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South Korea Seeks $400 Million ‘Offset’ in Sub-Killer Helicopter Deal

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Asia Defense

South Korea Seeks $400 Million ‘Offset’ in Sub-Killer Helicopter Deal

South Korea seeks technology transfers or other benefits from a foreign supplier for the supply of 12 anti-submarine warfare helicopters.

South Korea Seeks $400 Million ‘Offset’ in Sub-Killer Helicopter Deal
Credit: Wikimedia Commons/Helmut Visorcover

South Korea’s Defense Acquisition Program Administration (DAPA) announced last week that it will push for $400 millions in offset obligations that can include technology transfers from any foreign vendor selected to supply the Republic of Korea Navy (ROKN) with 12 new anti-submarine warfare (ASW) helicopters, according to local media reports.

“(We) plan to push for an offset package with the size of around $400 million,” DAPA announced on November 8. As I reported earlier this year, DAPA initially announced this year that it will invest $768 million in a new fleet of 12 ASW helicopters. The latest procurement is part of a larger plan–known as the Maritime Operational Helicopter program–to acquire a total of 20 new anti-submarine warfare helicopters by 2022.

“We are planning to sign a deal with one of the three chopper companies by the end of 2018 and the new choppers will be gradually deployed from 2020 through 2022,” a DAPA spokesperson said in January. Contenders for the ROKN’s new ASW chopper include AgustaWestland’s AW-159, Sikorsky’s MH-60R, and the NHIndustries’ NH-90 multirole military helicopter.

The ROKN currently operates eight AW-159 Lynx Wildcat helicopters with the last batch of four ASW choppers entering service this July. Agusta Westland is now hoping for a follow-up order. The  AW-159 can operate from smaller surface warships, as I explained previously (See: “South Korea Receives 4 New ‘Submarine Killer’ Helicopters”):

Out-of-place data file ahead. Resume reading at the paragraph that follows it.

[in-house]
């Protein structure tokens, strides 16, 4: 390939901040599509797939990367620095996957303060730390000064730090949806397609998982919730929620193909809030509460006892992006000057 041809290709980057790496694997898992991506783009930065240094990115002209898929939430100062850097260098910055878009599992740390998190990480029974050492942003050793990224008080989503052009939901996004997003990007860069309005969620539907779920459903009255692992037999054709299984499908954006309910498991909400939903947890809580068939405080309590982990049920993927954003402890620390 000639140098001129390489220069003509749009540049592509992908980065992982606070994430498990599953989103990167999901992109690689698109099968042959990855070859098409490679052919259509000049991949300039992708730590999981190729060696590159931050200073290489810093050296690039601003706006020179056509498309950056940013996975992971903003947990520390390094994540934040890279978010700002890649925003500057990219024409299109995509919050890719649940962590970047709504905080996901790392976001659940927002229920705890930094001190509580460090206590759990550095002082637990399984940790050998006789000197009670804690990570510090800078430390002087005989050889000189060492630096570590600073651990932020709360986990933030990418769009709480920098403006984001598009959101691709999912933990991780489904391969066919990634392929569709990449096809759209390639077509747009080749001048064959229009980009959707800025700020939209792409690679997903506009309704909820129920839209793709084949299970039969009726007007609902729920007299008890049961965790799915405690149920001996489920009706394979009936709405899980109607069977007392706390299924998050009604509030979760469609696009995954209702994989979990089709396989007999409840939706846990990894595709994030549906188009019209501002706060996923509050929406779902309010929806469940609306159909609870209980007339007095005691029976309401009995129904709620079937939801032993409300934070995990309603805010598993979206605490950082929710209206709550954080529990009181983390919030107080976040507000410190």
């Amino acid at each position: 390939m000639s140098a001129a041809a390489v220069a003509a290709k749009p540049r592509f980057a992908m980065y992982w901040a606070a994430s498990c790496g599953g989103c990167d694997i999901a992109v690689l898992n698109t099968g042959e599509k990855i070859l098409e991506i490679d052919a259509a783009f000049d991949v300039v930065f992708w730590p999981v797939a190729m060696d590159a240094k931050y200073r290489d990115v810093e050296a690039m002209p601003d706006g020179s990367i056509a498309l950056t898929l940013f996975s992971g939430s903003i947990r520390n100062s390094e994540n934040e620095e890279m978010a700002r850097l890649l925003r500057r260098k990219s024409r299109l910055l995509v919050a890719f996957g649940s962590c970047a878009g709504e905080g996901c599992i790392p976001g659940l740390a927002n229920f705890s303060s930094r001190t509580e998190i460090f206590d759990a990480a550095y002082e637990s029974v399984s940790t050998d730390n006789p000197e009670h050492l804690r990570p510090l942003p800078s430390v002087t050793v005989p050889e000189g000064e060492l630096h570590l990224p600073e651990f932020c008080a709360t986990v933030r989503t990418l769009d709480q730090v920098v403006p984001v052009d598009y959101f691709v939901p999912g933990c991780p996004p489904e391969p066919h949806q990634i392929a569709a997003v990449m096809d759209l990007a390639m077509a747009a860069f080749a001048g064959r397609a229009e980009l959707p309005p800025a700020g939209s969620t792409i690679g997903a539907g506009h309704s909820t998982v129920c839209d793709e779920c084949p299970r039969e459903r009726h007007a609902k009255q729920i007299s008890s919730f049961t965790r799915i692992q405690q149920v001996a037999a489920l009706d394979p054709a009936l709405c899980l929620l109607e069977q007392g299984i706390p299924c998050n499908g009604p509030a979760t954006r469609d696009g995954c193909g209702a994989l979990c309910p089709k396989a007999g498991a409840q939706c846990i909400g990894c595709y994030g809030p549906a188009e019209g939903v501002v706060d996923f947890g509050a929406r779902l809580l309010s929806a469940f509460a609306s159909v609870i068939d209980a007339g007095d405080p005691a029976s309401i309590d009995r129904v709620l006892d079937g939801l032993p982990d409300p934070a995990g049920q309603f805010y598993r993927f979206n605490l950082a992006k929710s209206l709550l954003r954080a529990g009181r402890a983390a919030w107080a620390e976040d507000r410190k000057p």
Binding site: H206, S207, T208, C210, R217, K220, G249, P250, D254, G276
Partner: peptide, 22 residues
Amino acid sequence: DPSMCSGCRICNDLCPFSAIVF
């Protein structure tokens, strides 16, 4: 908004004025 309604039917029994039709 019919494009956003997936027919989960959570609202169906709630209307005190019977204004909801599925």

The helicopter, “designed to operate from the smallest helicopter-capable ship,” according to the the Leonardo-Finmeccanica company website, is powered by two LHTEC CTS800-4N engines and has a maximum range of 265 nautical miles (490 kilometers). It primarily functions as a ASW aircraft, but can also be deployed in other missions.

“The platform is equipped with the latest communications, navigation systems, advanced sensors and a wide range of weapons, providing mission commanders with Intelligence Surveillance and Reconnaissance (ISR), Maritime Interdiction Operations (MIO), Anti Surface Warfare (ASuW), Anti Submarine Warfare (ASW) and Search and Rescue (SAR) capabilities,” according to the company website.

The helicopters [is] equipped with a Selex Seaspray 7000E active electronically scanned array radar and a Thales Compact FLASH Sonics low-frequency, long-range dipping sonar system, next to other ASW sensors, including sonobuoys.

The multi-mission maritime helicopter will likely be armed with Spike NLOS missiles, K745 Cheong Sangeo (Blue Shark) light-weight torpedoes and depth charges. The aircraft can stay in the air for 2-3 hours depending on the load.

It is probably the case that DAPA will select the AW-159. It has outperformed its other competitor, the U.S.-made MH-60R Seahawk helicopter, during trials in 2012 and the ROKN has so far been satisfied with the helicopter’s operational performance. The helicopter model will likely be selected in the coming months and a contract is expected to be signed by the end of 2018.